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Early Review of draft-ietf-6tisch-architecture-19

Request Review of draft-ietf-6tisch-architecture
Requested revision No specific revision (document currently at 30)
Type Early Review
Team Internet Area Directorate (intdir)
Deadline 2019-02-22
Requested 2019-02-06
Requested by Suresh Krishnan
Authors Pascal Thubert
I-D last updated 2019-02-20
Completed reviews Intdir Early review of -19 by Carlos Pignataro (diff)
Iotdir Early review of -19 by Eliot Lear (diff)
Rtgdir Last Call review of -21 by Andrew G. Malis (diff)
Tsvart Last Call review of -20 by Gorry Fairhurst (diff)
Genart Last Call review of -20 by Francis Dupont (diff)
Secdir Last Call review of -21 by David Mandelberg (diff)
Opsdir Last Call review of -22 by Qin Wu (diff)
Secdir Telechat review of -24 by David Mandelberg (diff)
Assignment Reviewer Carlos Pignataro
State Completed
Request Early review on draft-ietf-6tisch-architecture by Internet Area Directorate Assigned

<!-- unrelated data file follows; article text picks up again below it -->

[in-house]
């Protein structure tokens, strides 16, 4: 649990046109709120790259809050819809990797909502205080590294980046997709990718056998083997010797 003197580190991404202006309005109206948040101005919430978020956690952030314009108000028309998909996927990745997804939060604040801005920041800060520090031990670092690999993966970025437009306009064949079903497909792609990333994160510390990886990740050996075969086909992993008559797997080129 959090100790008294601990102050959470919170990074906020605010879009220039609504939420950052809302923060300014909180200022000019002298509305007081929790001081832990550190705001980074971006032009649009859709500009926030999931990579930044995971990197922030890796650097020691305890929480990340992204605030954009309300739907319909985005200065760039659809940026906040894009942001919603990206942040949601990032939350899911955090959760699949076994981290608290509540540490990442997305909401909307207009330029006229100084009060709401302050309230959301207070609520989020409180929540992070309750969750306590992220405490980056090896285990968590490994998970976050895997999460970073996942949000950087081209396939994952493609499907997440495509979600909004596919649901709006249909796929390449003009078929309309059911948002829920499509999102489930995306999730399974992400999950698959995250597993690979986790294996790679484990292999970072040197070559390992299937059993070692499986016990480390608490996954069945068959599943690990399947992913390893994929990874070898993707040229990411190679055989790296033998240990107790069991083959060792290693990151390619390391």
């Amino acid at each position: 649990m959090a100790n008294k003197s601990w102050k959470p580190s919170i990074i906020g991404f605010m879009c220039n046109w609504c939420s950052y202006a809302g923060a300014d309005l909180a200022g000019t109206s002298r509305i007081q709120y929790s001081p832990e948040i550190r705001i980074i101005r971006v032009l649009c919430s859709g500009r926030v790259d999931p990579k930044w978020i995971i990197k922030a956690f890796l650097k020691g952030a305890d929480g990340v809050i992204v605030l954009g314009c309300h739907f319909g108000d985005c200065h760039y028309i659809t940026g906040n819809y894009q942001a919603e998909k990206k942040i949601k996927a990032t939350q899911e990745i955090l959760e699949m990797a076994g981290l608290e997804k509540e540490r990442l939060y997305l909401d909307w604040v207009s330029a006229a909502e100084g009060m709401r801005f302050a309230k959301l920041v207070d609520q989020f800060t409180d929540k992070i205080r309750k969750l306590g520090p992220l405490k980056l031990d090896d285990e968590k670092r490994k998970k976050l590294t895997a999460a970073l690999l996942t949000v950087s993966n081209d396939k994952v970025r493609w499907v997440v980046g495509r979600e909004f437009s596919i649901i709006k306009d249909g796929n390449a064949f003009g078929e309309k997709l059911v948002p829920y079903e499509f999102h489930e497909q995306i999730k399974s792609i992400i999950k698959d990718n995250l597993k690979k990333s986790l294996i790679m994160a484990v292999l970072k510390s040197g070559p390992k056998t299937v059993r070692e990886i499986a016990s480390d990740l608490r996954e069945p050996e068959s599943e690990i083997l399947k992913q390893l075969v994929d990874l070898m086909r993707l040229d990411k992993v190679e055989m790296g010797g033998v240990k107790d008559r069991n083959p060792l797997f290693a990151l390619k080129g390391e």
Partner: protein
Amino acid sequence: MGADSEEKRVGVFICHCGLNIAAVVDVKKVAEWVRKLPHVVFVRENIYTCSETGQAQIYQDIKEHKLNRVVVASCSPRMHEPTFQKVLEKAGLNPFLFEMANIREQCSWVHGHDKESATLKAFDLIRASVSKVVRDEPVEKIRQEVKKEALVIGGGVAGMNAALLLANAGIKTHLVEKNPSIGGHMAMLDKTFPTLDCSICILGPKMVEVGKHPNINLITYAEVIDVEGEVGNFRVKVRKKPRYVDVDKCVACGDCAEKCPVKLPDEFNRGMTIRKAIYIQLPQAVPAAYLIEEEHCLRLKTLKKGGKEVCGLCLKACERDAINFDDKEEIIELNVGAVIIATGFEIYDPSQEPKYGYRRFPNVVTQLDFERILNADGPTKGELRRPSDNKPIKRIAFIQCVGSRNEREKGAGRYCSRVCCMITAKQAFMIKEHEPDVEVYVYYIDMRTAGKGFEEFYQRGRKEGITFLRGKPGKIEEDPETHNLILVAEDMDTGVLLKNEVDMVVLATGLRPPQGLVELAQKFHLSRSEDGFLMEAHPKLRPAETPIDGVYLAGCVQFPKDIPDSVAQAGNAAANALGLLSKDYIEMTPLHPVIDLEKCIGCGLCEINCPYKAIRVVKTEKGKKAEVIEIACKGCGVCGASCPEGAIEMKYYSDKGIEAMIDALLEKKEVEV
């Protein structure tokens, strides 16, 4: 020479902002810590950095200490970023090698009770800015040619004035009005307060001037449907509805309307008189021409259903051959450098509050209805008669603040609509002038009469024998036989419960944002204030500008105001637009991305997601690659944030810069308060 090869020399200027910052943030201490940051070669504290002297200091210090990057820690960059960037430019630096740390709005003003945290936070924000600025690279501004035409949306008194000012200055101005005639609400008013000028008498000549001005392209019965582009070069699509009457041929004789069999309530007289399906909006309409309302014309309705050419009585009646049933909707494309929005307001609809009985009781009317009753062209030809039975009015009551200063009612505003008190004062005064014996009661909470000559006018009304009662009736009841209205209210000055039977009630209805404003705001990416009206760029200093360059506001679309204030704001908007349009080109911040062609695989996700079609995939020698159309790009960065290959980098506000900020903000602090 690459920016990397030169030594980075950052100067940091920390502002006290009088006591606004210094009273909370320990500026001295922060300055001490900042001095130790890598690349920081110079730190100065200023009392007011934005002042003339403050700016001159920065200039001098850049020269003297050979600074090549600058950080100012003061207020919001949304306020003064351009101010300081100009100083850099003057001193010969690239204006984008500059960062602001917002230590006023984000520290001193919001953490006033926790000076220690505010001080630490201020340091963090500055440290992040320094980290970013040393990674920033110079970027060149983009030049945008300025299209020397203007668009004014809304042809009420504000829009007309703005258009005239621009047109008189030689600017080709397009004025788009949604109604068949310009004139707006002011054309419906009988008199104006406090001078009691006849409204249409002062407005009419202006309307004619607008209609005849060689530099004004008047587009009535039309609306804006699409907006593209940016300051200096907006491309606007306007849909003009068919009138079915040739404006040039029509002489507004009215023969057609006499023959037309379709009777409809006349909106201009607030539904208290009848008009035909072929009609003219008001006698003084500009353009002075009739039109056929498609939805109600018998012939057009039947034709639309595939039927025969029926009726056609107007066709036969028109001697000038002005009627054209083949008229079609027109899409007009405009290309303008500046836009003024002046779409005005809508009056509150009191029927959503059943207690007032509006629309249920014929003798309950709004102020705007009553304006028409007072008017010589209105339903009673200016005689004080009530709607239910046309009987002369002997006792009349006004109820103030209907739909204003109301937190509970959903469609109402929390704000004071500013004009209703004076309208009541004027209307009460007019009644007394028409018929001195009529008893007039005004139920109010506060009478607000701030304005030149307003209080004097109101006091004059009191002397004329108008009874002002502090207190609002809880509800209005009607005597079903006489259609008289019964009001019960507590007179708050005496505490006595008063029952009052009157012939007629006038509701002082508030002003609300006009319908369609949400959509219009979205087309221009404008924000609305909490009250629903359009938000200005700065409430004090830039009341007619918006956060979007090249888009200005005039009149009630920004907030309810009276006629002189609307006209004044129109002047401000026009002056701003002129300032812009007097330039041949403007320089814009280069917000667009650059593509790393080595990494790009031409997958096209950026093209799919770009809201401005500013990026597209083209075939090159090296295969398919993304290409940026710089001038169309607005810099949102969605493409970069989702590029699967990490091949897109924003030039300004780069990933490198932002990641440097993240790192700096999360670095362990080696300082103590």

Reviewed revision 19 (document currently at 30)
Result On the Right Track
Completed 2019-02-20
Reviewer: Carlos Pignataro
Review result: On the Right Track -- Has (Minor) Issues

I am an assigned INT directorate reviewer for
<draft-ietf-6tisch-architecture-19>. These comments were written primarily for
the benefit of the Internet Area Directors. Document editors and shepherd(s)
should treat these comments just like they would treat comments from any other
IETF contributors and resolve them along with any other Last Call comments that
have been received. For more details on the INT Directorate, see

This is a fairly thick document to read and hard to digest.

The architectural descriptions are sensible, useful, and distilled to a
meaningful and minimal set of building blocks. The fact that some blocks are
scattered through various sources and his architecture acts as the confluence
point adds in the difficulty in parsing.